As with compute costs, Snowflake also offers On Demand pricing and capacity pricing for storage. With On Demand pricing, billing is based on arrears of storage. The actual cost TB depends on your cloud provider and region. Snowflake then looks at the average TB per month and applies a minimum monthly charge of $25.

With pre-purchased capacity, you’re billed upfront for a commitment to a specific capacity. Typically there are no discounts on storage, but Snowflake will automatically notify you when you’ve reached 70 percent of pre-purchased storage capacity.

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Preview of Traditional CDP vs. Composable CDP (Comparison Guide).

Snowflake Credits

All billing in Snowflake is based around Snowflake credits. The specific price per credit is based on several factors, including:

  • The Region of your Snowflake deployment
  • The Snowflake Edition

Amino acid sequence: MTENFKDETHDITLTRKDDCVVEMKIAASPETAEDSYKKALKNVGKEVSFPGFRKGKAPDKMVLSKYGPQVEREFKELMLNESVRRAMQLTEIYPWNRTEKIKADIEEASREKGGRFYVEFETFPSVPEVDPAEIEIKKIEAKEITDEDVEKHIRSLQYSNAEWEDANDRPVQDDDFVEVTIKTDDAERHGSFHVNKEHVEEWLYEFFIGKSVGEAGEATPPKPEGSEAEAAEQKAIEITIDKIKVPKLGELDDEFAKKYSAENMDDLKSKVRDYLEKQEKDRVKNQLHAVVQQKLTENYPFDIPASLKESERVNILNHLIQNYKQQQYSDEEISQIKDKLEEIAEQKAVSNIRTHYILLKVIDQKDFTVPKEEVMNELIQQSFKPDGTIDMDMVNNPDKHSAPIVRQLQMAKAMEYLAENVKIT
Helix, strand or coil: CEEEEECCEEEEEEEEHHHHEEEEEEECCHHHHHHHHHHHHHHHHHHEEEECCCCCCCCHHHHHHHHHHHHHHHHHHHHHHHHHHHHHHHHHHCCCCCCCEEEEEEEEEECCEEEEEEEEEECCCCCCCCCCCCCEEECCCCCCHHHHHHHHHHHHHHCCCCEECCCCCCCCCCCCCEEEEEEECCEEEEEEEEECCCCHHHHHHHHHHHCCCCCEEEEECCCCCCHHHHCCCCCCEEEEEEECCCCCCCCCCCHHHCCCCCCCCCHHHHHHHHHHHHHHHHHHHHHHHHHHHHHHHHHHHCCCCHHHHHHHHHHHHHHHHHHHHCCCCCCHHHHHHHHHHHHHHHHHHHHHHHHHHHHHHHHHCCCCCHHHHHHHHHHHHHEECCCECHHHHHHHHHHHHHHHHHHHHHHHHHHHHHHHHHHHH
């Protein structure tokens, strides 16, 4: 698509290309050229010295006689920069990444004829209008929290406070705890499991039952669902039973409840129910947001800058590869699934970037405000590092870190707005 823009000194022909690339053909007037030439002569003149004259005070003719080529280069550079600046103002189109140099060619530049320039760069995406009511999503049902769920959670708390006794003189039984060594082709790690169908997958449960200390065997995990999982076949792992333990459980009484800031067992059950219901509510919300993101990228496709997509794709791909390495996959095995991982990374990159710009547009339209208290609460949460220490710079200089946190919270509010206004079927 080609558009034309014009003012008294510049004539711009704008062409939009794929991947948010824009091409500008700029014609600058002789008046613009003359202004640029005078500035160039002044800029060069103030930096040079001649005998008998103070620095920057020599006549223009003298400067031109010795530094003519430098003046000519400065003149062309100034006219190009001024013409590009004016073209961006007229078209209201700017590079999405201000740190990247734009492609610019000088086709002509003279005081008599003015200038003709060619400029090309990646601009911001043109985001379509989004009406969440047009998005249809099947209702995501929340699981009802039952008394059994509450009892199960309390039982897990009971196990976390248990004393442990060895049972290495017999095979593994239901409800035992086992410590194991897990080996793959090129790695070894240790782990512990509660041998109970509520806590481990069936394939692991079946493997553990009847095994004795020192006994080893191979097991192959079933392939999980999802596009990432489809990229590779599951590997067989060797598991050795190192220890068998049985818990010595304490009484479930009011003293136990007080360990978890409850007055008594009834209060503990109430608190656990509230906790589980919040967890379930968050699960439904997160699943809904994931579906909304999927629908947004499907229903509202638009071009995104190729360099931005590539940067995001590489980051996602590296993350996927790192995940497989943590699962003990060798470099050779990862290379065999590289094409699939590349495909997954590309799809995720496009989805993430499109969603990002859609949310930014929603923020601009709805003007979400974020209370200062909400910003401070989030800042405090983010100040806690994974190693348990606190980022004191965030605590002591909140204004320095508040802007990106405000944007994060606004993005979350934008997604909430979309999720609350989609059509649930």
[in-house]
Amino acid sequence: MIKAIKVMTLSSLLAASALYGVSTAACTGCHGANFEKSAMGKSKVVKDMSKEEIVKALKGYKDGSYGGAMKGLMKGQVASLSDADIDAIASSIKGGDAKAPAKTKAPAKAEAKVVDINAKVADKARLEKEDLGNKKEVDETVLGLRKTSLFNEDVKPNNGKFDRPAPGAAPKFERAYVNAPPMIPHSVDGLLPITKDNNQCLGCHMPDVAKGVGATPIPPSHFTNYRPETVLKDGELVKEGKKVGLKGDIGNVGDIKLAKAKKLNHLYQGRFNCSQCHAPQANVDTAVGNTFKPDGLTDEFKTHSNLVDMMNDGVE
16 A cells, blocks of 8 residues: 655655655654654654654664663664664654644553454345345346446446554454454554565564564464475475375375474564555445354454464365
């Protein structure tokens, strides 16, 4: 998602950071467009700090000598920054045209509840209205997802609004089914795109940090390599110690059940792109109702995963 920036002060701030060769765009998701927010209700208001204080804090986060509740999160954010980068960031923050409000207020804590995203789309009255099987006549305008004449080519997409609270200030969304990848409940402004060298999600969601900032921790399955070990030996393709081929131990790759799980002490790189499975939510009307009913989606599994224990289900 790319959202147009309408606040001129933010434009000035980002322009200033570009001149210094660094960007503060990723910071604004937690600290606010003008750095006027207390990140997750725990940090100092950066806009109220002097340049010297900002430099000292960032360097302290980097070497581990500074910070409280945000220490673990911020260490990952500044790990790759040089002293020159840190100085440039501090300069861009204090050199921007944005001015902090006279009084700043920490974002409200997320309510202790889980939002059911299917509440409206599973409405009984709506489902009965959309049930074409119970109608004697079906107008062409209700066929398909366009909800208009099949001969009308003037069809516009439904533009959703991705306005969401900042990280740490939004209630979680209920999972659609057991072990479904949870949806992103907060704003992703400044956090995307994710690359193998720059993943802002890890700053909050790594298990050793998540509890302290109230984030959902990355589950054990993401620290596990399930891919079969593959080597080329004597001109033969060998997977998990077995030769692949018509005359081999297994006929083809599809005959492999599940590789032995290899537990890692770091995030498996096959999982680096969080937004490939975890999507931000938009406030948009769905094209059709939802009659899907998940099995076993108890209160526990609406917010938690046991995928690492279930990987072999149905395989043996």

• The pricing agreement: On Demand or Pre-purchase

Because several factors can influence the price of Snowflake, it is not possible to give a static answer to pricing. However, choosing an On Demand, Standard deployment of Snowflake, you can expect a minimum of $2 per credit.

How is Credit Usage Calculated?

Whenever you’re leveraging Snowflake computing, you will be charged credits. Compute power translates to the number of servers or virtual nodes supporting your queries. Within Snowflake, compute clusters are called “Virtual Warehouses” (not to be confused with data warehouses.)

A Virtual Warehouse is a named wrapper around a cluster of servers with CPU, memory, and disks. The number of servers in these clusters is based on the T-Shirt size you give your warehouse. The T-Shirt size defines the number of servers in the cluster. All T-Shirt sizes exponentially double with each increase in size. An X-Small warehouse has one server, a Small warehouse has two, a Medium warehouse has four, and this trend continues all the way up to a 6X-Large warehouse which includes 512 nodes.